PetMD Seal

Tonsil Cancer (Squamous Cell Carcinoma) in Dogs



Surgery may be used to perform an aggressive excision of the tonsils and affected tissue. However, most patients at the time of diagnosis are inoperable, either because of the location of the tumor, or the extent to which it has spread before its effects have been observed.


Removal of the affected lymph nodes may be conducted to prevent further spreading of cancerous cells, but it seldom provides a permanent cure. Radiotherapy may also be used in some patients, but its success has not been satisfactorily confirmed, so it is seldom used for these patients.


In cases where it is possible to operate and remove most of the affected area, the tumor and affected lymph nodes will be removed, and the surgery will be followed by radiation therapy and/or chemotherapy to prevent or slow down the spread of cancerous cells to other areas of the body.


Living and Management


Good nutritional support will be essential for ensuring the maintenance of your dog's body weight and condition. It is important to monitor your dog's food and water intake while it is recovering. After surgery, your dog will very likely not have much of an appetite, and will not want to eat or drink in great quantities. It may be necessary to temporarily use a feeding tube. In these cases you veterinarian will show you how to use the feeding tube correctly (placing it directly into the dog's stomach), and will assist you in setting up a feeding schedule.


After surgery, you should expect your dog to feel sore. To minimize discomfort, your veterinarian will provide you with pain medication for your dog. In addition, you will need to set up an area in the house where your dog can rest comfortably and quietly, away from other pets, active children, and busy entryways. Trips outdoors for bladder and bowel relief should be kept short and easy for your dog to handle during the recovery period. Use pain medications with caution and follow all directions carefully; one of the most preventable accidents with pets is overdose of medication.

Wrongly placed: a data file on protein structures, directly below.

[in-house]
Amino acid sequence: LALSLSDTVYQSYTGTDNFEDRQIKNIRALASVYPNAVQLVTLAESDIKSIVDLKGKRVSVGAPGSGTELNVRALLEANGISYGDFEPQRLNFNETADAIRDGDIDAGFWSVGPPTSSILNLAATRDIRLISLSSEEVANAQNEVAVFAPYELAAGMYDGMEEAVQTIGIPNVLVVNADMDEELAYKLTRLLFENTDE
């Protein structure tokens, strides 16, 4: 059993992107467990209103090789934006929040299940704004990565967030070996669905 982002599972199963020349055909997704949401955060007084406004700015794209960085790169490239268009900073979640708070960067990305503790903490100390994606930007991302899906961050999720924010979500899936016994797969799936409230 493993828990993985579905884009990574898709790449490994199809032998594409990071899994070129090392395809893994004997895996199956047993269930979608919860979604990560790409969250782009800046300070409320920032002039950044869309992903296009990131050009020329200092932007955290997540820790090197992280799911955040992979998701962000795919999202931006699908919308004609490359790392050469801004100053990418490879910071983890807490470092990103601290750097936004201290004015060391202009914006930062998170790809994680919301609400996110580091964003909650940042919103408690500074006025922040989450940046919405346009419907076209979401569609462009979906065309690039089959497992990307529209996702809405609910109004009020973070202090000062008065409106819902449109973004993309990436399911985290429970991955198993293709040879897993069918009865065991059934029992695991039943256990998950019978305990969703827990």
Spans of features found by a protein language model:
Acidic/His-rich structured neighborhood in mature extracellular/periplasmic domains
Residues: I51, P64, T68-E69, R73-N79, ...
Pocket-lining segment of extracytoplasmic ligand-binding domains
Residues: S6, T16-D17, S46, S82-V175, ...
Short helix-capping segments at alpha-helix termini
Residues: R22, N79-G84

Overall prognosis in affected animals is poor due to the aggressive nature of this tumor and frequency of metastasis to other body locations. Even with treatment, overall survival time generally is not more than several months. The decision to go forward with surgery or chemical therapy will be based on the actual prognosis. In some cases, end of life pain management may be in order.



Related Articles

Nose Pad Cancer (Squamous Cell Carcinoma) in Dogs

The squamous epithelium is a type of epithelium that consists of the outer layer of flat, scale-like cells, which are called squamous cells....

Foot/Toe Cancer in Dogs

Dogs can be afflicted with several types of skin tumors, even on their feet and toes. The most common type of type of tumor to affect the toes...

Lung Cancer (Squamous Cell Carcinoma) in Dogs

A squamous cell carcinoma of the lung is a type of metastasizing tumor that arises from the squamous epithelium in lungs.

Brain Tumors in Dogs

A tumor is defined as an abnormal growth of cells, and may be classified as primary or secondary. Learn more about Dog Brain Tumor causes and...